Also, the i
Wishful Drinking is the saddest biography I've ever read. I'm sure die-hard fans of Carrie Fisher may enjoy and appreciate this book, but if you're looking for some fun celebrity comic-relief, definitely pass this one up.

Wishful Drinking begins with Carrie Fisher explaining how proud she is to be starting her life over at the age of fifty-two after having undergone electroshock therapy. She states how she can't remember much of her life up until the writing of Wishful Drinking, and also tries to
Carrie Fisher is cray cray. And I'm allowed to call her crazy because 1) she admits she is crazy and 2) I am also crazy. It's like how bald men can tell bald men jokes, or handicapped people reserve the right to lol about disability issues but it's no-go territory if your able-bodied. Fisher is a tad unhinged but lucid enough to be able to string together an erractic bunch of tales; stories about her mother Debbie Reynolds (whom she is besotted with), her absent father, Cary Grant and various ot ...more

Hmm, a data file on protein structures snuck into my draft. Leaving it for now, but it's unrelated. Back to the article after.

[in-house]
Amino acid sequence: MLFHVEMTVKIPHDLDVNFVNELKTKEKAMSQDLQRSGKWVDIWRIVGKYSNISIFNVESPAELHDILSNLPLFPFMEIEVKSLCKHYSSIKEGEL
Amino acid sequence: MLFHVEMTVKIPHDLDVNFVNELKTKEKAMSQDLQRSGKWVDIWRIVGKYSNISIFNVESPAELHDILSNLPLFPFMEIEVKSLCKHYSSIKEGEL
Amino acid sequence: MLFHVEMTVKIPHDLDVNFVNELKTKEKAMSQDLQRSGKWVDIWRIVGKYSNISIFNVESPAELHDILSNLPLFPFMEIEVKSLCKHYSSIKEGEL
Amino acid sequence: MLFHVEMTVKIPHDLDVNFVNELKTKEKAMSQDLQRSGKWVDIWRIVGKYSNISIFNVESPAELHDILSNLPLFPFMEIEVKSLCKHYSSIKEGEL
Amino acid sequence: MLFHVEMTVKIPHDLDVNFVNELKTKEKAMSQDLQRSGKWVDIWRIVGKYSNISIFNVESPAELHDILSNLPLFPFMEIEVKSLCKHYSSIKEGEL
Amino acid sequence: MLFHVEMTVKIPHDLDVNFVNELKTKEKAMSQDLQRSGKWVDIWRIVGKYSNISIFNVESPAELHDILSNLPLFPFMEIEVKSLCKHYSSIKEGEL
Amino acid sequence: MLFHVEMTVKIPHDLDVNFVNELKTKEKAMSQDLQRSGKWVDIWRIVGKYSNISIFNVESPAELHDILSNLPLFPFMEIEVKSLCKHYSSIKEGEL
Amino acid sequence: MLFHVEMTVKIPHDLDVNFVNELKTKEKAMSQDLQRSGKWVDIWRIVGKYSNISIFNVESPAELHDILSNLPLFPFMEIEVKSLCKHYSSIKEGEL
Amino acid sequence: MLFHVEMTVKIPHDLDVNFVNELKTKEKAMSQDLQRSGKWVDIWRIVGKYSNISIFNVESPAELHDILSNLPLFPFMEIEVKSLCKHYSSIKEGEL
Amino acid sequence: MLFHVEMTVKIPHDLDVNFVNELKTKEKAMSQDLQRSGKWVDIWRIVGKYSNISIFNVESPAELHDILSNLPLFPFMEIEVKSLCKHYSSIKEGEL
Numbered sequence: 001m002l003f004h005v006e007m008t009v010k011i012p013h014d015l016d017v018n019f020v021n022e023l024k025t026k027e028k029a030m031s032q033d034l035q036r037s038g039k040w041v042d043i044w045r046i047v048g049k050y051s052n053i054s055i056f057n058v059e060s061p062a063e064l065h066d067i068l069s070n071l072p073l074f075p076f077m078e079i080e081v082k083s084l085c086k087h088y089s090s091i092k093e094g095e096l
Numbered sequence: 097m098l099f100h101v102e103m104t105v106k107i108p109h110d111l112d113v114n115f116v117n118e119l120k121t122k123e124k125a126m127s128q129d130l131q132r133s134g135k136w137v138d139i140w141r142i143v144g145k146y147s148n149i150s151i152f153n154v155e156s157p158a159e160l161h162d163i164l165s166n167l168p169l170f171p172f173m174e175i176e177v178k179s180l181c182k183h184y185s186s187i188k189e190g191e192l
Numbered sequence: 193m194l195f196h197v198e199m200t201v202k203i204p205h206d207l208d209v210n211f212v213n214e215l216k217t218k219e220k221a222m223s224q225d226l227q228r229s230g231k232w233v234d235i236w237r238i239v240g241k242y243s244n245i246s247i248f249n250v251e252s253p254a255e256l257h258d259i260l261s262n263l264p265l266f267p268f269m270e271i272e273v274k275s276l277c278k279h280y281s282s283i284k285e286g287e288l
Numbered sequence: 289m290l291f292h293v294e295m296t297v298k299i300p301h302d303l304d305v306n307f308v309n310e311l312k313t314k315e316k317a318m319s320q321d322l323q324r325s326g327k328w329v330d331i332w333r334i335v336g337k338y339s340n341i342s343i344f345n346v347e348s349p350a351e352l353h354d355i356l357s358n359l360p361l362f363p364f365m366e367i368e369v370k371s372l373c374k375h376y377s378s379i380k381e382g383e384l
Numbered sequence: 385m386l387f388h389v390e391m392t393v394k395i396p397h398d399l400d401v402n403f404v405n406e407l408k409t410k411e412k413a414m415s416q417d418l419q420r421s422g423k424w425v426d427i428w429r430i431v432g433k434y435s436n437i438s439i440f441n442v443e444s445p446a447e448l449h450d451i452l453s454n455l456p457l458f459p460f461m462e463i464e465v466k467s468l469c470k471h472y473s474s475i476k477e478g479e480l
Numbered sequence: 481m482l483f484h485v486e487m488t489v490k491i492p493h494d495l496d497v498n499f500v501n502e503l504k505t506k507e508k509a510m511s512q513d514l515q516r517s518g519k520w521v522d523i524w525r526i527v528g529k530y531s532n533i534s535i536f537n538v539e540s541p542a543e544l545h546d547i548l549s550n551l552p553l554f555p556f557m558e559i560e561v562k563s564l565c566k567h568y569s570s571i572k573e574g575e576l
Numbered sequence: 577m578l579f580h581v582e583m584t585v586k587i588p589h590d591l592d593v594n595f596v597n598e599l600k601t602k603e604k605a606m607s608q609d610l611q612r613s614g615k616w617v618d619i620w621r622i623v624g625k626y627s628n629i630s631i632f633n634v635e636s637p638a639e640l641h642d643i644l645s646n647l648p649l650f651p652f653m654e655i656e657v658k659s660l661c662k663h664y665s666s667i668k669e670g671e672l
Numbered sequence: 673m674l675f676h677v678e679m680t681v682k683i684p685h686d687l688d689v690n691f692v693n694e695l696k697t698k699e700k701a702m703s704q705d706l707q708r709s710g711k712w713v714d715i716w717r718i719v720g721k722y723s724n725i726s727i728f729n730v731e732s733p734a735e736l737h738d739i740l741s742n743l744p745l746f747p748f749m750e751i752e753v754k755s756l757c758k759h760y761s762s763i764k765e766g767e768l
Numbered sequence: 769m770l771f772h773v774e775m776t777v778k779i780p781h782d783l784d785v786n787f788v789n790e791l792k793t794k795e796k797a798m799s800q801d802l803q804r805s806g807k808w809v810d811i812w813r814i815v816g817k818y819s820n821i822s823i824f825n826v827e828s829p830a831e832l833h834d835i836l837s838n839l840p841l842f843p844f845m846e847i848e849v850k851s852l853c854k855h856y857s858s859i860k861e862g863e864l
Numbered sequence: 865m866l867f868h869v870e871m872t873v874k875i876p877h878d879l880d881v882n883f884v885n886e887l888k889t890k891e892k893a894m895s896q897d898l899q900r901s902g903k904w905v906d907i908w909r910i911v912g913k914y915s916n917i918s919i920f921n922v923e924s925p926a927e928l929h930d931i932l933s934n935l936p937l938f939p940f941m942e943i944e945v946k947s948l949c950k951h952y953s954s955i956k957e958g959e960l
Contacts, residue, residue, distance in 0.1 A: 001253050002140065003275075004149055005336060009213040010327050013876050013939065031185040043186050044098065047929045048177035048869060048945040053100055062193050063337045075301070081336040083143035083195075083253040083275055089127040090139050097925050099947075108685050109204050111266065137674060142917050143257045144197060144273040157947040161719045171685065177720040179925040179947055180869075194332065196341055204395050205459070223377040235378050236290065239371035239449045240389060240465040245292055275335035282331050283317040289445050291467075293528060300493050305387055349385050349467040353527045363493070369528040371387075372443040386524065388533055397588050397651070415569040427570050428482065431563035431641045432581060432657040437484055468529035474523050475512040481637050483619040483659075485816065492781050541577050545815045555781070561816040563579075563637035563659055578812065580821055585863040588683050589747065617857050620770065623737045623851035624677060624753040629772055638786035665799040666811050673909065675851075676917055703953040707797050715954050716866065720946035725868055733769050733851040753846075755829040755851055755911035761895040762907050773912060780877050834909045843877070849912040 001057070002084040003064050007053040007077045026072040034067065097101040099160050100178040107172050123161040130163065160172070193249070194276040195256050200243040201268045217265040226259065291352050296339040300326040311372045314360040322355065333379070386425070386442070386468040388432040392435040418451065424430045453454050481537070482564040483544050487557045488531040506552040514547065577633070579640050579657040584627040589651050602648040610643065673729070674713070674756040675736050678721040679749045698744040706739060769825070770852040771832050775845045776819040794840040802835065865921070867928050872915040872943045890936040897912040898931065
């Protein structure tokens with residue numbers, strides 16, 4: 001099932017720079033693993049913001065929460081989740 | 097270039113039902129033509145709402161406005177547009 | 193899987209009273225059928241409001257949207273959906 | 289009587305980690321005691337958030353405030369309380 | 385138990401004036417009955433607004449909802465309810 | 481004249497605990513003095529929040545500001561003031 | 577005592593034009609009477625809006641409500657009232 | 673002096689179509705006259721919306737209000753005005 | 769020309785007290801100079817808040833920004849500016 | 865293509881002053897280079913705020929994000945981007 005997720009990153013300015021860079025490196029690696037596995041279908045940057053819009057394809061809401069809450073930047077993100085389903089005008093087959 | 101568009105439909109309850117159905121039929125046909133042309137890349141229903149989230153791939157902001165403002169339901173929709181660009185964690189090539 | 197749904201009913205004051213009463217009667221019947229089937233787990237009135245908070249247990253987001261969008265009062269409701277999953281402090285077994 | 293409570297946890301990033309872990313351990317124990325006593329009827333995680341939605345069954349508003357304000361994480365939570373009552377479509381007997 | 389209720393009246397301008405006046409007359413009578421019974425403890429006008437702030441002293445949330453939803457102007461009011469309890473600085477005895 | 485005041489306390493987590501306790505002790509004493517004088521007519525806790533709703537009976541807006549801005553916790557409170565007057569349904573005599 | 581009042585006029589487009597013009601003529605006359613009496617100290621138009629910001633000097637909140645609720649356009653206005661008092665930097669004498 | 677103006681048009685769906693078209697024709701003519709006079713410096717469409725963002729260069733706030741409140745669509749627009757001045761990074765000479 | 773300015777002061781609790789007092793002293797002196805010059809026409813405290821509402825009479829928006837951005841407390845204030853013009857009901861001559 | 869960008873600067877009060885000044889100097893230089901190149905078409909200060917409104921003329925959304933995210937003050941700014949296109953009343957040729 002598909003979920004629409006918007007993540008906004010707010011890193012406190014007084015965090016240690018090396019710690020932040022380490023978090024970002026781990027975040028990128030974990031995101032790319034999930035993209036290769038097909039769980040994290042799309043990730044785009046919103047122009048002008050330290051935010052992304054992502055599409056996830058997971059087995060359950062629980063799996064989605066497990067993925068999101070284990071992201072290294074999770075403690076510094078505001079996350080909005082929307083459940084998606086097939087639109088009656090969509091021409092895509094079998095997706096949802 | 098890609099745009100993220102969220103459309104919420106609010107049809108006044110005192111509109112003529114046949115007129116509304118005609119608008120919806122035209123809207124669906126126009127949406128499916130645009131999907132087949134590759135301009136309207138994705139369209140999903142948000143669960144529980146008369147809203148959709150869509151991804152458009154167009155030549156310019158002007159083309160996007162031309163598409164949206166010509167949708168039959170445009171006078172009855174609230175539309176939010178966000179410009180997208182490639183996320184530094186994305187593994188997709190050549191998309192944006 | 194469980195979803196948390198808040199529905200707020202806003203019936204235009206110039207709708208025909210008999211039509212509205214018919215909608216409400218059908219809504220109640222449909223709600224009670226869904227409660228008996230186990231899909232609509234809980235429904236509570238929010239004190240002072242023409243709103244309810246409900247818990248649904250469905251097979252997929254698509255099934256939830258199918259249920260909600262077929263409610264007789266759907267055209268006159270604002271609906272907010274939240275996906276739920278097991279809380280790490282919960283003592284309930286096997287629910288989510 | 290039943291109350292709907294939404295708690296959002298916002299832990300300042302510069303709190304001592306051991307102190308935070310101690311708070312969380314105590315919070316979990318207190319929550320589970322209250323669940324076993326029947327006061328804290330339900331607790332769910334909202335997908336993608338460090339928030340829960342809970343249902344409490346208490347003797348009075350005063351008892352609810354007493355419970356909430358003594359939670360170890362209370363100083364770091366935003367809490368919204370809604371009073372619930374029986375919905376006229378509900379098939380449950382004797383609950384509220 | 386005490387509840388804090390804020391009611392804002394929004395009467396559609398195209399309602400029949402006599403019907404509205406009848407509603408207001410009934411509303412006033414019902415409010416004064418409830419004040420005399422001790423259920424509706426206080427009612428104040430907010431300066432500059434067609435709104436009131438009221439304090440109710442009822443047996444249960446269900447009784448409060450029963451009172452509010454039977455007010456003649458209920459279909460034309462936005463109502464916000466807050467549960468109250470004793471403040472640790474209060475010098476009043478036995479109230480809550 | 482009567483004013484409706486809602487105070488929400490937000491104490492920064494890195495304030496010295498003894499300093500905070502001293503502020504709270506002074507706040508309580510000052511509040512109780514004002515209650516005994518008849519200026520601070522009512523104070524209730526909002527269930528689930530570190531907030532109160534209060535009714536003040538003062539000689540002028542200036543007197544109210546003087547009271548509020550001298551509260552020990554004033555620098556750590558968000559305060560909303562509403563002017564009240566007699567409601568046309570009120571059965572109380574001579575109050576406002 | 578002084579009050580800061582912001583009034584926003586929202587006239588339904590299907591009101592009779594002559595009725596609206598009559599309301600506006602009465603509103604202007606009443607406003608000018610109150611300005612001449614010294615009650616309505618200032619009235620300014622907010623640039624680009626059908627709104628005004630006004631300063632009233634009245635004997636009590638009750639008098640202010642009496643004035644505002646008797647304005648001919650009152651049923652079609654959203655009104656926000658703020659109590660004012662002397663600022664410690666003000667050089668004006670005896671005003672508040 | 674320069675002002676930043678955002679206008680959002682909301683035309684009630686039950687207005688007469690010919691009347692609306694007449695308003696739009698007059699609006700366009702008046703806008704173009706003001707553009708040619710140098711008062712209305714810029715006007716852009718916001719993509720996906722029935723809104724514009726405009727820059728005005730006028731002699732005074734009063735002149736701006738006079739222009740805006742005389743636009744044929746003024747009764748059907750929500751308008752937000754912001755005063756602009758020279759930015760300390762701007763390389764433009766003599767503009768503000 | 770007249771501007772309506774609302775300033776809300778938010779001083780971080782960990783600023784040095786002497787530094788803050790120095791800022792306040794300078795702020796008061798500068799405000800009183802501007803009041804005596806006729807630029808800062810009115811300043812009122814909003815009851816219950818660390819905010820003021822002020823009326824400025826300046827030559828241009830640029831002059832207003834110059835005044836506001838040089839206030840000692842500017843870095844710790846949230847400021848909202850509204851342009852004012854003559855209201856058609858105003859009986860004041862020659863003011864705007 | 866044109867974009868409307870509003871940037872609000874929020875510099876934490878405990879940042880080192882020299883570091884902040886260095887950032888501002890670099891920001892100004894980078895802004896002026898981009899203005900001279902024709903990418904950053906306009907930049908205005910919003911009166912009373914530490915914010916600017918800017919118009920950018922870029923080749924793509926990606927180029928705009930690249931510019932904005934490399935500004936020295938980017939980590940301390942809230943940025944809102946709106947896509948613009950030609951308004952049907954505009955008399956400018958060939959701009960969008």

I wasn't a huge fan of this book. In part, I didn't connect to her self-deprecating style of humor. There were a few very funny lines and moments that got me to laugh out loud, but overall I felt that she did a little too much of "this happened to me" rather than taking us on those journeys which made the book feel dry (no pun intended). It was, however, a quick and easy read which says a lot about her clear talent as a writer.

The most fascinating choice of hers when writing the book was to ref
May 10, 2012 Byrdie rated it 3 of 5 stars  ·  review of another edition
Recommends it for: alcoholics, codependents, fans